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'There Is So Much Good Happening Here': One Vermonter Fights Hunger In Her Community

A woman wearing a light green shirt cuts up orange vegetable.
Jeff Cornwell, Courtesy
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Berard-Brown works alone in the kitchen, preparing a Thanksgiving meal for 45 community members.

Food is on a lot of our minds today, as we gather around the table in our annual Thanksgiving Day feasts; smaller though they may be. We might enjoy turkey, stuffing, squash, pies and homemade breads.  But a record number of Vermonters are also facing food insecurity this Thanksgiving.According to a UVM study released earlier this week, 30% of Vermonters are dealing with food insecurity amid the pandemic. One Fairfax resident is doing her part to help.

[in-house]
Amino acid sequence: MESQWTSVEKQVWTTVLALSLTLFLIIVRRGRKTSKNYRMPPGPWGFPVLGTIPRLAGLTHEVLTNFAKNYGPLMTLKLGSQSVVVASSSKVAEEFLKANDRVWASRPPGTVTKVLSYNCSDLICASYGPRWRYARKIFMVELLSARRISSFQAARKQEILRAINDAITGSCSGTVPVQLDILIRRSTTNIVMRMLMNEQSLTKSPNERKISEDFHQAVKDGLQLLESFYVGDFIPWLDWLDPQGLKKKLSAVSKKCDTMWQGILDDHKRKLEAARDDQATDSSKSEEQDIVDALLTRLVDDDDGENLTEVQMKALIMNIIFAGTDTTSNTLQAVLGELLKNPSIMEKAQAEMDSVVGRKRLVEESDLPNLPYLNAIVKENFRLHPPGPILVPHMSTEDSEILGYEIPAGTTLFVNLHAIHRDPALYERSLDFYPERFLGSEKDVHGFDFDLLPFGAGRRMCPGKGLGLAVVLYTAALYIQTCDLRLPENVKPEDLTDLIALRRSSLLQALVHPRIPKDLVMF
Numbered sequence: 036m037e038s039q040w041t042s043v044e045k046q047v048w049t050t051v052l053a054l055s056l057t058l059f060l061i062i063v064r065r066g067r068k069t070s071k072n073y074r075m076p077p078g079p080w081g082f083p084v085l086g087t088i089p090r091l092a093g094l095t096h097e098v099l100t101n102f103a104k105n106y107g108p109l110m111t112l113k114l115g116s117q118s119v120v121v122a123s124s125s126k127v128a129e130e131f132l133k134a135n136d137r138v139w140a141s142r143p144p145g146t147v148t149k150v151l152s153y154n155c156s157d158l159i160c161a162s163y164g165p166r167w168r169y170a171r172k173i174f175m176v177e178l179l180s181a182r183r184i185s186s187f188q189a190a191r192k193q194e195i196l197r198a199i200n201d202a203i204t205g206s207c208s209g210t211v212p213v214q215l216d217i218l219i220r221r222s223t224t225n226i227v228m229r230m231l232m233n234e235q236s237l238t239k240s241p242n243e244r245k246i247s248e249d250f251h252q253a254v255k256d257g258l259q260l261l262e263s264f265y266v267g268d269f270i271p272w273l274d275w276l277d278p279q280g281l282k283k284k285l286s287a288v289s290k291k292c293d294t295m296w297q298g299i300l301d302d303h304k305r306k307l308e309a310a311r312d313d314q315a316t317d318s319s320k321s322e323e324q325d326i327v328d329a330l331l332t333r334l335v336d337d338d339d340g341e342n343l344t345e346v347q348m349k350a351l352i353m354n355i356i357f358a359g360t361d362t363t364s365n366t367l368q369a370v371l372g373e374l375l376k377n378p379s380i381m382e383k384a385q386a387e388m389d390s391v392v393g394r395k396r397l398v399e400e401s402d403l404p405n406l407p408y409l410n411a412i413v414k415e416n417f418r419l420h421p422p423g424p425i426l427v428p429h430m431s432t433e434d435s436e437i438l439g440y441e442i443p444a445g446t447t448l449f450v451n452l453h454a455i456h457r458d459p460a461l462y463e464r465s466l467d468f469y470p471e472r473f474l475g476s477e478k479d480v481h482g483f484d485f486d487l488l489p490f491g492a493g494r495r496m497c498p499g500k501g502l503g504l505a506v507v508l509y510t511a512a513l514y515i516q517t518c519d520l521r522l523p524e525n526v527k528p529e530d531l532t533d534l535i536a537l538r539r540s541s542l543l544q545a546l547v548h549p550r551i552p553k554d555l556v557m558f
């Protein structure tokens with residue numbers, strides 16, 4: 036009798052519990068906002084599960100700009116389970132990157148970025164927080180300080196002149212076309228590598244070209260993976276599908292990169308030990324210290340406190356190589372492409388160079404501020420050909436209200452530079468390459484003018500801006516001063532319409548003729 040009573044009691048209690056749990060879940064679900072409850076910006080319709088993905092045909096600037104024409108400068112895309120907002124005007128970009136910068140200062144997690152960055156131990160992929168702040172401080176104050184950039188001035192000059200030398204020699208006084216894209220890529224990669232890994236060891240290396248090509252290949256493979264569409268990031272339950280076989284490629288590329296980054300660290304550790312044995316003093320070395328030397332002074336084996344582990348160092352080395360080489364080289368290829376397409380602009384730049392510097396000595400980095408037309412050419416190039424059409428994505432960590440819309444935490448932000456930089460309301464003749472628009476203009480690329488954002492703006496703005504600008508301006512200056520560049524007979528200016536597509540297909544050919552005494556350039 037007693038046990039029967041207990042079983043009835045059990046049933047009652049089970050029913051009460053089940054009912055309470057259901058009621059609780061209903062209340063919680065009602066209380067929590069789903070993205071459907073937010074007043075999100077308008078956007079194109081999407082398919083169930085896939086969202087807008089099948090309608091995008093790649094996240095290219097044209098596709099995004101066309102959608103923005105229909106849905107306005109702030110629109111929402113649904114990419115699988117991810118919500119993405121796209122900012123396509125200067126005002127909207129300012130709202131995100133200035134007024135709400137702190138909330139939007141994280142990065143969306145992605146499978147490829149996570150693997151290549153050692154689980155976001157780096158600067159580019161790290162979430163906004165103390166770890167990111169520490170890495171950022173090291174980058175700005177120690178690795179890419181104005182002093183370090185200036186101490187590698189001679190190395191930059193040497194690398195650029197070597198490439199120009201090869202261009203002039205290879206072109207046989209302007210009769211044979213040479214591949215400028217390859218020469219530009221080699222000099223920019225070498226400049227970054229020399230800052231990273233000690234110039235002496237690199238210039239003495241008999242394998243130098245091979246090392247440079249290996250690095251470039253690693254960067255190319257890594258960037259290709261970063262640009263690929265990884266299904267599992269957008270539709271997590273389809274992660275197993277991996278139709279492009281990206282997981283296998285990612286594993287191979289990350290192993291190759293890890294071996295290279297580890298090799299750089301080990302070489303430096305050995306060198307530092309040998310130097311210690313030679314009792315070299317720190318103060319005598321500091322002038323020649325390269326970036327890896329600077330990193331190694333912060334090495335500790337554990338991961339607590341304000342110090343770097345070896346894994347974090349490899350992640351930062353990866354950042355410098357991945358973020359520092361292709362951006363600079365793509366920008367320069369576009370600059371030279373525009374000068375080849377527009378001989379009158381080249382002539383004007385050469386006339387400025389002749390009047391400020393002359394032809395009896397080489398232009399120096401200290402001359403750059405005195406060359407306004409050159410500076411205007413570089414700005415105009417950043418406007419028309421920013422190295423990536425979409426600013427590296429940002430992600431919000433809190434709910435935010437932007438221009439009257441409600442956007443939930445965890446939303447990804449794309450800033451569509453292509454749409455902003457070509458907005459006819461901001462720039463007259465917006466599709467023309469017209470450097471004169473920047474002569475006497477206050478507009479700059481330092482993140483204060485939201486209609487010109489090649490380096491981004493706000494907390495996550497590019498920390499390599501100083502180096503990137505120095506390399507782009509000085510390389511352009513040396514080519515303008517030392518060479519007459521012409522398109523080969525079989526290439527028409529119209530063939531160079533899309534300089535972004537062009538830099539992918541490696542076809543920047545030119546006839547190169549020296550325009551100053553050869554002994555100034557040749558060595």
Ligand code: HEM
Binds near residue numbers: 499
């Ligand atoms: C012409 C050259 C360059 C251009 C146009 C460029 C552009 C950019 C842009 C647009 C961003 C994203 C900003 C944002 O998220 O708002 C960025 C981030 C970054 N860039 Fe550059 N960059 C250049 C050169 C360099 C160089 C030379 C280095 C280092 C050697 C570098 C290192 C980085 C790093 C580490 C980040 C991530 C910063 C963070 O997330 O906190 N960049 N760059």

Kath Berard-Brown loves to bake.  She grew up in a family of nine, and her Vermont home was often filled with the aroma of freshly-baked cookies, or some other delicious treat. Her mom instilled an early love of baking in her. 

"It's pretty astounding what folks are facing right now, especially as we're looking toward winter, a time when hunger is generally more challenging for folks." - Faye Mack, Hunger Free Vermont

A nurse by trade, Berard-Brown's passion is really baking. And she loves to bake for others. Her community-baking journey began about five years ago, after she attended a banquet for ANEW Place, a Burlington community non-profit that offers safe shelter and skills training for people dealing with homelessness.